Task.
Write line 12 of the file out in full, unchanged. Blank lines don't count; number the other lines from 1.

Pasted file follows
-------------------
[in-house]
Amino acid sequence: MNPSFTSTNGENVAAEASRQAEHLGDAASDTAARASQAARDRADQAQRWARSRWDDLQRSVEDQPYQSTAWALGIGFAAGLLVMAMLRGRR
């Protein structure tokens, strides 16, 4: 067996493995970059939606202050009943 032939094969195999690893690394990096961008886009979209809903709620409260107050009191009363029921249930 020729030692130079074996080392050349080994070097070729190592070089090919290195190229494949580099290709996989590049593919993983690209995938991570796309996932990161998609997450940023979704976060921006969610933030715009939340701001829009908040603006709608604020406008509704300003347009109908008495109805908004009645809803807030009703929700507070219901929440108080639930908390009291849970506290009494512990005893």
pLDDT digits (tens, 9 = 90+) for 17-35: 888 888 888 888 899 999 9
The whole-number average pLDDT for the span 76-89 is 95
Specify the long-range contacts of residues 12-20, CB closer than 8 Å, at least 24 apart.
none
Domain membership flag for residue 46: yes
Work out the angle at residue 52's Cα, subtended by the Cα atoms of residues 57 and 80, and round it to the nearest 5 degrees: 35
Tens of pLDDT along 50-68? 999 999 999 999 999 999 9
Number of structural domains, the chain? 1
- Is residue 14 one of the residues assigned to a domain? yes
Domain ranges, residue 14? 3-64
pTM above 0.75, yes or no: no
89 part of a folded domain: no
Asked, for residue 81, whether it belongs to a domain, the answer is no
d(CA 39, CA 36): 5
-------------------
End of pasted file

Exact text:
- Is residue 14 one of the residues assigned to a domain? yes